June 24, 2011 Posted by | Businesses, Class Warfare, Collective Bargaining, Conservatives, Democracy, Economic Recovery, Economy, GOP, Gov Rick Scott, Gov Scott Walker, Government, Governors, Ideologues, Jobs, Labor, Lawmakers, Middle Class, Public Employees, Republicans, Right Wing, State Legislatures, States, U.S. Chamber of Commerce, Unemployed, Union Busting, Unions, Wisconsin, Wisconsin Republicans | , , , , , , , , | Leave a comment

Gov. Rick Scott May Personally Benefit From New Law That Hands Medicaid Program Over To Private Companies

Florida Gov. Rick Scott (R) signed “a landmark Medicaid overhaul” yesterday that will put “hundreds of thousands of low-income and elderly Floridians into managed-care plans.” The proposal “gives managed care companies more control over the program that’s paid for with federal and state money,” a shift the state GOP claims will “hold down spiraling costs in the $20 billion program.” However, as TP Health editor Igor Volsky pointed out, a five-county pilot program in Florida already revealed that such a plan produces “widespread complaints and little evidence of savings.” Under managed care, states “have to ensure that private payers aren’t looking out for short term profits by denying treatments or reducing reimbursement rates” and — given what occurred during the pilot program — the results “are already less than promising.”

But Scott may have another reason to push a dubious bill into law. As Mother Jones reported, one of the private managed-care companies that stand to gain from the new law is Solantic, “a chain of urgent-care clinics aimed at providing emergency services to walk-in customers. Solantic was founded in 2001 — by none other than Rick Scott:

The Florida governor founded Solantic in 2001, only a few years after he resigned as the CEO of hospital giant Columbia/HCA amid a massive Medicare fraud scandal. In January, according to the Palm Beach Post, he transferred his $62 million stake in Solantic to his wife, Ann Scott, a homemaker involved in various charitable organizations.[…]

“This is a conflict of interest that raises a serious ethical issue,” says Marc Rodwin, a medical ethics professor at Suffolk University Law School in Boston. “The public should be thinking and worrying about this.”

Scott’s office dismissed the conflict of interest concern as “incorrect and baseless.” However, Scott’s history of fraud with entitlement programs (in that case Medicare) should certainly raise a red flag here. And it is not as if Scott is completely clean when it comes to the mix between professional office and personal interest.

Incidentally, Scott also just signed a bill that will require anyone applying for welfare benefits to pay for a drug test to qualify for benefits. They will only recoup that fee if they pass. One company that provides such drug tests? Solantic.

 

By: Tanya Somander, Think Progress, June 3, 2011

June 3, 2011 Posted by | Capitalism, Class Warfare, Conservatives, Consumers, Corporations, Elections, GOP, Gov Rick Scott, Governors, Health Care, Health Care Costs, Ideologues, Ideology, Lawmakers, Medicaid, Medicare, Medicare Fraud, Politics, Public, Public Health, Republicans, Right Wing, Seniors, Solantic, State Legislatures, States | , , , , , , , , , , , , , | Leave a comment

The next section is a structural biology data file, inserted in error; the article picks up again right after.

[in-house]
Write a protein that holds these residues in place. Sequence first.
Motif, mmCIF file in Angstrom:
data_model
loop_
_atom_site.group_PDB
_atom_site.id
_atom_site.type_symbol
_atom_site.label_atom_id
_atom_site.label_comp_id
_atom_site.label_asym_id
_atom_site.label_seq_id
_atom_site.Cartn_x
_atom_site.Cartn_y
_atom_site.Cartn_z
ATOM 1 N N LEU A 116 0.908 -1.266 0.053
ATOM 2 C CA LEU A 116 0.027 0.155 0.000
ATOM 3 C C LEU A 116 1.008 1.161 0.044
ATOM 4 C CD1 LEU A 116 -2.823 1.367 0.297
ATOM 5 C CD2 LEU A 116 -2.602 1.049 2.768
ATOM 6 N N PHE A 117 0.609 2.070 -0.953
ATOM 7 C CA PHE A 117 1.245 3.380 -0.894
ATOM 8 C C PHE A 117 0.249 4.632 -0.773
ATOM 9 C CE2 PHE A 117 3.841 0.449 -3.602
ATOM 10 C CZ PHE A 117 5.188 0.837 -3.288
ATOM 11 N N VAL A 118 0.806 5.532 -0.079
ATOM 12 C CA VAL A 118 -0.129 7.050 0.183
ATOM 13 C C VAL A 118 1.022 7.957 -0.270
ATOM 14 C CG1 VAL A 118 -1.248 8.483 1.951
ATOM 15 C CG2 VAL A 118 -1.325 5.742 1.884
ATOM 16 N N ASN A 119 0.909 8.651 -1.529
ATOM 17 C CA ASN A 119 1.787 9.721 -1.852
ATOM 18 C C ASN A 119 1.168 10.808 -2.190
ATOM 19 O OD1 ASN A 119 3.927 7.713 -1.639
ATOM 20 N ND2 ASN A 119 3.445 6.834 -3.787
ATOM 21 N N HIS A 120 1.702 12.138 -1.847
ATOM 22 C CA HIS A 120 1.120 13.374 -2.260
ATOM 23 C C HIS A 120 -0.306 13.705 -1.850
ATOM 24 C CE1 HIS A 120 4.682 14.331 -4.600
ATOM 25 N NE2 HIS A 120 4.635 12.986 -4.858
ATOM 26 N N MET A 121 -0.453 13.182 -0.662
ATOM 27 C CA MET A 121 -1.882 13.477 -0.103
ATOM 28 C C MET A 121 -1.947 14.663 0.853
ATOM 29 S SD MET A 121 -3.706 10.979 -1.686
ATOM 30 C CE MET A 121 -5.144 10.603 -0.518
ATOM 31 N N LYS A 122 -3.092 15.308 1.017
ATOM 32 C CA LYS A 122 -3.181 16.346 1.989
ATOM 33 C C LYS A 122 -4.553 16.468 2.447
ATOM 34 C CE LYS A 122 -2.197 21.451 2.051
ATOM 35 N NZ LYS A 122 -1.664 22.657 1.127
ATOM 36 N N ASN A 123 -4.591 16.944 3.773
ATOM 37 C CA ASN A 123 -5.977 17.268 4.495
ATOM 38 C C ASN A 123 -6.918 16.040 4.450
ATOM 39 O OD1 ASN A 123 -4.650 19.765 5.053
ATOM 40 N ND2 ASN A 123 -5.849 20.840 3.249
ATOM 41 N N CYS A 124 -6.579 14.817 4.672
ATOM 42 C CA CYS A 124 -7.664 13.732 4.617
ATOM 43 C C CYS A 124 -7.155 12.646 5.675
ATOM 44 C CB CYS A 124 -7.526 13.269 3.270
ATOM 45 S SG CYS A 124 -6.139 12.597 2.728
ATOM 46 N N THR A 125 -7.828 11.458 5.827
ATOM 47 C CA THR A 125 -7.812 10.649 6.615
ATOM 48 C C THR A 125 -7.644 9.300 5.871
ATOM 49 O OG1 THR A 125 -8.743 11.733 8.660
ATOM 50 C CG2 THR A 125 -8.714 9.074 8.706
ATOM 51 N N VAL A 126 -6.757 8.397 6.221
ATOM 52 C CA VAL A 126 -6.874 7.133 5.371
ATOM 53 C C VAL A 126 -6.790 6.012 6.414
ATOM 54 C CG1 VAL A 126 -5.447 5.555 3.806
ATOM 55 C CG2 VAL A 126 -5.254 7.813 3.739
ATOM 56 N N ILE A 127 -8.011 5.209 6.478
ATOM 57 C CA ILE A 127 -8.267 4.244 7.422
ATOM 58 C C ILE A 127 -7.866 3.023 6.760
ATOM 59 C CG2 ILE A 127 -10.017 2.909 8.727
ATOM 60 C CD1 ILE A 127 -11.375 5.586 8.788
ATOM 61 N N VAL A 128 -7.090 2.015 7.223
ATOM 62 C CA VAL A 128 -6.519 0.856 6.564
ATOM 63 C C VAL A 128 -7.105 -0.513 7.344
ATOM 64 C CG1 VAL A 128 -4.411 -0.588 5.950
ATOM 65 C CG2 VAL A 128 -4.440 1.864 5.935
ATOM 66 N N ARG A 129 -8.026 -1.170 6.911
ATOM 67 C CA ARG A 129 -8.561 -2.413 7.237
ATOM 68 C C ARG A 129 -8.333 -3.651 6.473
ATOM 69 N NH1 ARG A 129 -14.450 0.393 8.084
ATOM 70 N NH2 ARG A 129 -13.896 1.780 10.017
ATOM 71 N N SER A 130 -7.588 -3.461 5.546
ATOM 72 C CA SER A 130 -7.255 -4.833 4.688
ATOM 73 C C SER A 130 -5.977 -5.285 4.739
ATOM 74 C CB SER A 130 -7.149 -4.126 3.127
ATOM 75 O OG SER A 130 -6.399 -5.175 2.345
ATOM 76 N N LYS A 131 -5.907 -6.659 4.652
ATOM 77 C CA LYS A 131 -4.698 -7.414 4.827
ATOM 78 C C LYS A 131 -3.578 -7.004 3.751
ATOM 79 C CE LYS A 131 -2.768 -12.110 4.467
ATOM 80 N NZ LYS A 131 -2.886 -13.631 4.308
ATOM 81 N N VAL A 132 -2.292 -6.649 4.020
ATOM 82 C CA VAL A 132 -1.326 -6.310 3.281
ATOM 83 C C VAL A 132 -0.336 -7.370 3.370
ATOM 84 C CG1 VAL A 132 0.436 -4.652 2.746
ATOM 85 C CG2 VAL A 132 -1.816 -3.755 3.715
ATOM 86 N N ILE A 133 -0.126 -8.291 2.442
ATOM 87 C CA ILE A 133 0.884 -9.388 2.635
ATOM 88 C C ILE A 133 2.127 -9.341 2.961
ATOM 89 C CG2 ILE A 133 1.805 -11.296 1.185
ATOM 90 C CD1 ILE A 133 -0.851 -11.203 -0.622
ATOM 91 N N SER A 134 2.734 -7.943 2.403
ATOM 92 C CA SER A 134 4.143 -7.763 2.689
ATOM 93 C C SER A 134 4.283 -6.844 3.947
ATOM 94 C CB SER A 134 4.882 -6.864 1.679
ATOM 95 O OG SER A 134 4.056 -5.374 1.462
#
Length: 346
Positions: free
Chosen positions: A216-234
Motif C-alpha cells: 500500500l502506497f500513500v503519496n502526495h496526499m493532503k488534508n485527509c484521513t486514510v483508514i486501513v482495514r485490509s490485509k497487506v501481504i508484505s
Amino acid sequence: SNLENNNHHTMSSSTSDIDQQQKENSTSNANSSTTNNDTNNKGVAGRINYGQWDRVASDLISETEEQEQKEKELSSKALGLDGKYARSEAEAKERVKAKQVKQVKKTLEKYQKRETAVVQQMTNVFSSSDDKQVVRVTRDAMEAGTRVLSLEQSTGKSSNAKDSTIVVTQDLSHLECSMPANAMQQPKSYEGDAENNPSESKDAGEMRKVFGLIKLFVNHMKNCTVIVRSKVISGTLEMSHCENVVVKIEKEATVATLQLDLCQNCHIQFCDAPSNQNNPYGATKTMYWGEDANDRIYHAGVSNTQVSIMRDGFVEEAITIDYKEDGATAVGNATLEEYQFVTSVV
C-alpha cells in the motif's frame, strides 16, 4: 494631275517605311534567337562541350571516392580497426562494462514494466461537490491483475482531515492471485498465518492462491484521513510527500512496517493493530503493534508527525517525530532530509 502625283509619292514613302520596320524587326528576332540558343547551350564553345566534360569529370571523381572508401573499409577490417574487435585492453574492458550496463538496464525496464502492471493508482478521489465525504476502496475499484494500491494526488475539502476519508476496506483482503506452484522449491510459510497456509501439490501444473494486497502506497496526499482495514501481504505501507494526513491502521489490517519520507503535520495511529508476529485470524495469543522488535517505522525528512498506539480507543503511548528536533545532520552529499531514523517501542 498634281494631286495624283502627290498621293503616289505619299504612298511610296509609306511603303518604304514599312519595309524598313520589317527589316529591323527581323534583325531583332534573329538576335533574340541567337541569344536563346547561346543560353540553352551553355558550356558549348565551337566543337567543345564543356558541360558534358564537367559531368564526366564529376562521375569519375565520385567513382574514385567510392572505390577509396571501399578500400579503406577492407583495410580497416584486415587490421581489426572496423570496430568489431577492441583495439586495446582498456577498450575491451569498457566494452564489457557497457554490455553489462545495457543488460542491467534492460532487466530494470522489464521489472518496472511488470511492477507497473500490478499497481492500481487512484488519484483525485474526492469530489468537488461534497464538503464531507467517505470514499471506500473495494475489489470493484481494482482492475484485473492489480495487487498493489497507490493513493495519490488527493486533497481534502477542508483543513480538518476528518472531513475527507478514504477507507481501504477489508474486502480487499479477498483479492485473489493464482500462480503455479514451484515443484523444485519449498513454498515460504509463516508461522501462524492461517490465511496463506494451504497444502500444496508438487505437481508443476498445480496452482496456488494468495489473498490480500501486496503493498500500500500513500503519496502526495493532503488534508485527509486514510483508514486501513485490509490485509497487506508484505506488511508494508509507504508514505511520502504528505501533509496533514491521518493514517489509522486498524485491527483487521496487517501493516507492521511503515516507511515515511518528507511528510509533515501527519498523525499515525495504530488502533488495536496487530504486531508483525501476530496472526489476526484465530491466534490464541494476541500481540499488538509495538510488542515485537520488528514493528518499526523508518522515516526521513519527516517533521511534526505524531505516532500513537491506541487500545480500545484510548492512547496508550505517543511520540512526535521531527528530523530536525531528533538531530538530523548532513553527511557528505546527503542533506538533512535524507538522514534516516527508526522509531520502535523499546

What Happens When A Criminal Becomes Governor?

Florida’s wildly-unpopular far-right governor, Rick Scott (R), traveled to a retirement community in Central Florida yesterday known for being the most Republican retirement community in the state. Scott was there to sign his new state budget, which helps demonstrate his priorities and commitment to looking out for his most vulnerable constituents.

In his speech Thursday, Scott omitted many of the serious-sounding programs he cut: homeless veterans, meals for poor seniors, a council for deafness, a children’s hospital, cancer research, public radio, whooping-cough vaccines for poor mothers, or aid for the paralyzed.

These are cuts, by the way, he made from an already-austere budget approved by a Florida legislature dominated by larger Republican majorities. Scott thought they were too generous, so he made sweeping changes though line-item vetoes, which is legal in the state.

All told, Scott’s budget throws 4,500 Floridians out of work as a way to help lower unemployment. No, I don’t understand it, either.

The ridiculous governor might have heard from some of his less-supportive constituents had he not banned Democrats from the bill-signing ceremony.

Members of The Villages Democratic Club were barred from the budget signing by Scott staffers who said the outdoor event in The Villages town square was “private.” Other staffers and Republican operatives scoured the crowd and had Sumter County sheriff’s deputies remove those with anti-Scott signs or liberal-looking pins and buttons. They escorted more than a dozen people off the property.

As Tanya Somanader put it, “Many in the community would likely not be pleased with Scott’s cuts, but those voices remained unheard — mainly because they were banned.”

Atrios added the other day, “I normally resist the temptation to blame “stupid voters” for their leaders, but man, Floridians, what were you thinking….”

 

By: Steve Benen, Contributing Writer, Washington Monthly-Political Animal, May 27, 2011

May 28, 2011 Posted by | Class Warfare, Conservatives, Democracy, Elections, GOP, Gov Rick Scott, Government, Governors, Ideologues, Ideology, Income Gap, Lawmakers, Middle Class, Politics, Republicans, Right Wing, Seniors, State Legislatures, States, Voters | , , , , , | Leave a comment

%d bloggers like this: